Gastroenterologists Use Radiofrequency Ablation to Treat Barrett's Esophagus

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Barrett's Esophagus

Gastroenterologists at Mayo Clinic are using radiofrequency ablation to treat Barrett's esophagus, a premalignant condition that leads to esophageal cancer in some people.

The minimally invasive treatment is an outpatient procedure that takes about 30 minutes. A gastroenterologist specializing in diseases of the esophagus passes a special endoscope into the patient's esophagus. The endoscope has a tiny balloon at its tip that delivers controlled radiofrequency energy to destroy a thin layer of surface tissue that contains the problem cells. Patients go home hours after the procedure but may expect mild to moderate chest pain and swallowing difficulty for five to seven days.

Barrett's esophagus is believed to result from the damage chronic acid reflux does to the lining of the esophagus. However, many patients do not experience the classic heartburn or regurgitation symptoms. Normal esophagus cells are replaced with cells like those found lower down in the intestines. Some people with Barrett's esophagus go on to develop cancerous changes called dysplasia. Dysplasia means that the size, shape and organization of cells lining the esophagus change, indicating a much higher risk for the development of invasive cancer. Doctors classify dysplasia as either low-grade or high-grade depending on the extent of abnormality within the cells. High-grade dysplasia is also called carcinoma in situ, or surface cancer.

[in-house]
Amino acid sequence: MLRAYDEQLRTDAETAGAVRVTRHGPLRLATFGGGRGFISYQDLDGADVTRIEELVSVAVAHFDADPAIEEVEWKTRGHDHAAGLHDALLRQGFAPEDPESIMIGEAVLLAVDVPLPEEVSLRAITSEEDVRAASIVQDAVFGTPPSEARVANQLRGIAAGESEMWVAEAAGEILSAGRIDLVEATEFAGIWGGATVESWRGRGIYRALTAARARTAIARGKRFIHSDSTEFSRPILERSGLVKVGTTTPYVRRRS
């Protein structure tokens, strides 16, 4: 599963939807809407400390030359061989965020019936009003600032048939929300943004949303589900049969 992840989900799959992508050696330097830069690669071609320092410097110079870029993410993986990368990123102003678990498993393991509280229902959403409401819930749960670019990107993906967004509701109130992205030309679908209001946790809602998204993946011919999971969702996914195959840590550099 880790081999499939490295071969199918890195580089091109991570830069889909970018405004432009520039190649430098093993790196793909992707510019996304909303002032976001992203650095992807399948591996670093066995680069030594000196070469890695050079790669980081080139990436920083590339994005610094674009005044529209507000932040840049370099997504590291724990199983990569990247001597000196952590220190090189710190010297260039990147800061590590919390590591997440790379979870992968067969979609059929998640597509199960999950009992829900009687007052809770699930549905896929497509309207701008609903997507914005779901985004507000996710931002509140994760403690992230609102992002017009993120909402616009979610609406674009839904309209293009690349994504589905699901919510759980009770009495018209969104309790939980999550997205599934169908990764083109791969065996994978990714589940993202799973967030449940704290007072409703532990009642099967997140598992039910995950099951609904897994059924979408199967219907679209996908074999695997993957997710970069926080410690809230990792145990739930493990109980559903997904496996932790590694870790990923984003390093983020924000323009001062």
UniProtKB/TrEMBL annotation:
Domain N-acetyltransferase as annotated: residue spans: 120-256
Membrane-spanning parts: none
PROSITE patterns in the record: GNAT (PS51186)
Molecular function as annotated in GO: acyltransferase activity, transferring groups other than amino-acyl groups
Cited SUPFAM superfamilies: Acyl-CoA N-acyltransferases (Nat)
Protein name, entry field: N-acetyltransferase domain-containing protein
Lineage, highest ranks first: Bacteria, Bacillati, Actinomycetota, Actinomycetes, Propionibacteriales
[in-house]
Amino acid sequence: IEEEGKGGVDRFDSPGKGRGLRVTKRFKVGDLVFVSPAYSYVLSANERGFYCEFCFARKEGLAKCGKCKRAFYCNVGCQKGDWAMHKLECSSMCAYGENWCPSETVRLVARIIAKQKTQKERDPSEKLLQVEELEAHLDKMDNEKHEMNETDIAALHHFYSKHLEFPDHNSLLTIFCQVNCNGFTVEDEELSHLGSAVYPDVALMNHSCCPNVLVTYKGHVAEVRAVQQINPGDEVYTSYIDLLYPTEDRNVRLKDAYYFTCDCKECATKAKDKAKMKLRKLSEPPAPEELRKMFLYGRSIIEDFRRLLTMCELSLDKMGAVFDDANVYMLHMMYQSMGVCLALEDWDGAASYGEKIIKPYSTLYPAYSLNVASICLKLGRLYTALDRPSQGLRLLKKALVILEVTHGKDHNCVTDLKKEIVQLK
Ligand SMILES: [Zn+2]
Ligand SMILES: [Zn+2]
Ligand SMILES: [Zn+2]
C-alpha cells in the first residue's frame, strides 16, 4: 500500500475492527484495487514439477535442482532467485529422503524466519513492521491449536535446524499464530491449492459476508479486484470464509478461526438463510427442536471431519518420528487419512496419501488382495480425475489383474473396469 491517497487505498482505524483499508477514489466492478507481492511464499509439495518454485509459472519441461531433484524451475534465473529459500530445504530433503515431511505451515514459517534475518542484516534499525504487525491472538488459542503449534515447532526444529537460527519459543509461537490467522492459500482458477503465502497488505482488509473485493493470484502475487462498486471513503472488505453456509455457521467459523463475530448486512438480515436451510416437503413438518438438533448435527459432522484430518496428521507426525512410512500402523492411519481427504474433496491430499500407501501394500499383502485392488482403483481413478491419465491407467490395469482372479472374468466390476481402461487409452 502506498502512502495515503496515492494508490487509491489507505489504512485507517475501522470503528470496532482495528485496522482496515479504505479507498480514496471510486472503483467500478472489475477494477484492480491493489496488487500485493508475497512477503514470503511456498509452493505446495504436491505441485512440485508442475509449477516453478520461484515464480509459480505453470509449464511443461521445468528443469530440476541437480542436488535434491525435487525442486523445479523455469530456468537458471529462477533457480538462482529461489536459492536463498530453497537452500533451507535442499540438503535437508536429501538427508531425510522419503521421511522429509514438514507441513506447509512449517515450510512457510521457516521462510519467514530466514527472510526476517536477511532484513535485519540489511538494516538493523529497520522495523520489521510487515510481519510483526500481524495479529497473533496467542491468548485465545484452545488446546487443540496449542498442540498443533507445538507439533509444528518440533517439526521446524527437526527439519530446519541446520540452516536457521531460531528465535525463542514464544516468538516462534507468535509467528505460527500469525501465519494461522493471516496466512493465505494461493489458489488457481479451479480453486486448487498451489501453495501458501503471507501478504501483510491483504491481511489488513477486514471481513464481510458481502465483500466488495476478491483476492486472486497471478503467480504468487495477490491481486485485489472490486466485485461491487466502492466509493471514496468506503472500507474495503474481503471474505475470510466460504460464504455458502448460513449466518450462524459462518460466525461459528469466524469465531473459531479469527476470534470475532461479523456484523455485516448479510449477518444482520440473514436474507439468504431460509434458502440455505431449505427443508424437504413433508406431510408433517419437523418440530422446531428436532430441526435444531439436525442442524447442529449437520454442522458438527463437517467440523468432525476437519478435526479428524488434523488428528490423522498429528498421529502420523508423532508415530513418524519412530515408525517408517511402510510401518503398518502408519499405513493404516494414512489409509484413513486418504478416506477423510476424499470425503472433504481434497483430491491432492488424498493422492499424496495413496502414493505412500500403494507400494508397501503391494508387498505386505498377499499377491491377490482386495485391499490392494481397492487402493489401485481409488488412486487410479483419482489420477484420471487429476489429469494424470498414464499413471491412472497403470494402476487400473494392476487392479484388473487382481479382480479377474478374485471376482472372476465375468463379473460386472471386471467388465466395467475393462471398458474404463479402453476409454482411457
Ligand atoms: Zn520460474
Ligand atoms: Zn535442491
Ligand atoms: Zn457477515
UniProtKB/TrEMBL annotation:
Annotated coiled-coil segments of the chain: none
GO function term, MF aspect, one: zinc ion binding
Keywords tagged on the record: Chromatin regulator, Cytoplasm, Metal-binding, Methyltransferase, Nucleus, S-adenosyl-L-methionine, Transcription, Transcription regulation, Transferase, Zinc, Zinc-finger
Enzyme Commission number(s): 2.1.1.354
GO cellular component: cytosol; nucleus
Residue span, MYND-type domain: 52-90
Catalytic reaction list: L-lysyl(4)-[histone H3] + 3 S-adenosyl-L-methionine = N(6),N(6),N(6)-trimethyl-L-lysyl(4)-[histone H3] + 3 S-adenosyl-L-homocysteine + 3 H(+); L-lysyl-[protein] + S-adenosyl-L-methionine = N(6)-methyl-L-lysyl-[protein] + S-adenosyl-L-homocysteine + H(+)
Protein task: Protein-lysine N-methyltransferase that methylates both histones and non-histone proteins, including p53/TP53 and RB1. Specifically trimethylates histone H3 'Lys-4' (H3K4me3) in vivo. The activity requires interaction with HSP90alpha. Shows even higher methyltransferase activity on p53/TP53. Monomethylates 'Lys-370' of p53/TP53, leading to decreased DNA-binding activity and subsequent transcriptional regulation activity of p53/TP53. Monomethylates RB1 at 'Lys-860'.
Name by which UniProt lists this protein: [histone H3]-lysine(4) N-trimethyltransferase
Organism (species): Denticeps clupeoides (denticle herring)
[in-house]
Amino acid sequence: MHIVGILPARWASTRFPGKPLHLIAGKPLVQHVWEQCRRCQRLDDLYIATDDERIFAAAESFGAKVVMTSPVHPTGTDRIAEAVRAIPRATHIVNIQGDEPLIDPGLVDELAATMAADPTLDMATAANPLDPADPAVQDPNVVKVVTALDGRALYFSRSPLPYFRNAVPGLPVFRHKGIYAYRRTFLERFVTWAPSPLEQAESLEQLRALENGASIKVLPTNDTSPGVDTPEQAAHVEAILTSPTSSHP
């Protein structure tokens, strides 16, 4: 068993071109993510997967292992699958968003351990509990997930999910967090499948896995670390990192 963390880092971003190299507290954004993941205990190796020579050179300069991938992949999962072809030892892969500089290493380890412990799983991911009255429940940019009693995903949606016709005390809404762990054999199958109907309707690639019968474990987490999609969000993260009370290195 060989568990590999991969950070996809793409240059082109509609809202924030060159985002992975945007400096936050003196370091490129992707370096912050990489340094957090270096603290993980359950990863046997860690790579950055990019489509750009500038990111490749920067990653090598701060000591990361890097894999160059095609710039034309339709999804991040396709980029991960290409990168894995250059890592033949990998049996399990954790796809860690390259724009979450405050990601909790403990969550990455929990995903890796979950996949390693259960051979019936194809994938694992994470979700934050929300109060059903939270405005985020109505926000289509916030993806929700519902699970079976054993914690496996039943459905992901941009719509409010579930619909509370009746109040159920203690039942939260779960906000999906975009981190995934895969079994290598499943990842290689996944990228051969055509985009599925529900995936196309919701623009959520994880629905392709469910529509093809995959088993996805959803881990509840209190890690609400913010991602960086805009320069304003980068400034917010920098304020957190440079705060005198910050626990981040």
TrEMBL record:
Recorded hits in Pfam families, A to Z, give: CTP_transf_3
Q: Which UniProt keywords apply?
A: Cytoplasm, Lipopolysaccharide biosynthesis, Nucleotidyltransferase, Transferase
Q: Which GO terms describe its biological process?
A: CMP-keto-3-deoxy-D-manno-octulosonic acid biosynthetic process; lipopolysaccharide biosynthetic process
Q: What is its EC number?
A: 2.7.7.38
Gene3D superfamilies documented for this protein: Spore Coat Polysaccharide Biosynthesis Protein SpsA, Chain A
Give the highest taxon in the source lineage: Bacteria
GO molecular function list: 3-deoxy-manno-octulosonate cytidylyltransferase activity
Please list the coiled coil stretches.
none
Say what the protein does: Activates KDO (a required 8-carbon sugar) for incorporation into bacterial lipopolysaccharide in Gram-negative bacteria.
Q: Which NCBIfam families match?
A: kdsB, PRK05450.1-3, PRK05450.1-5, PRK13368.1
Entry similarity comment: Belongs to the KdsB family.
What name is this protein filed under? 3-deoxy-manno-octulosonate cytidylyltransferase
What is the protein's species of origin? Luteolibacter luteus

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"Most patients who get invasive esophagus cancer will die. Its one of the more lethal cancers," says Mayo Clinic gastroenterologist Dr. Herbert Wolfsen. "But in its precancerous phase, or the high-grade dysplasia phase, it's highly treatable and we think curable."

Until recently, doctors' usual recommendation to patients with Barrett's esophagus and low-grade dysplasia was to have a periodic endoscopy performed to make sure the condition was not getting worse. But Wolfsen says there was never a way to guarantee the patient wouldn't develop cancer between these surveillance endoscopies or have early cancer go undetected.

This new treatment is an option for patients who are uneasy with the conventional 'watchful waiting' approach. "A lot depends on the person," Wolfsen says. "If you're 85 years old and have many other medical problems, this might not be your top concern. On the other hand, if you're 55 years old, in pretty good health and proactive about your health, your approach may be much different."

Wolfsen cautions that since the procedure is still new, there is no conclusive data to show that patients who have radiofrequency ablation for Barrett's esophagus or low-grade dysplasia will never develop cancer. But that risk should be significantly lower if this treatment is as effective as photodynamic therapy, another minimally invasive, ablative procedure used to treat patients with high-grade dysplasia.

A final caveat Wolfsen gives is that radiofrequency ablation is not a treatment for gastroesophageal reflux disease (GERD). Though GERD can lead to Barrett's esophagus, it's still important to address GERD; it does not go away because a person had radio frequency ablation.

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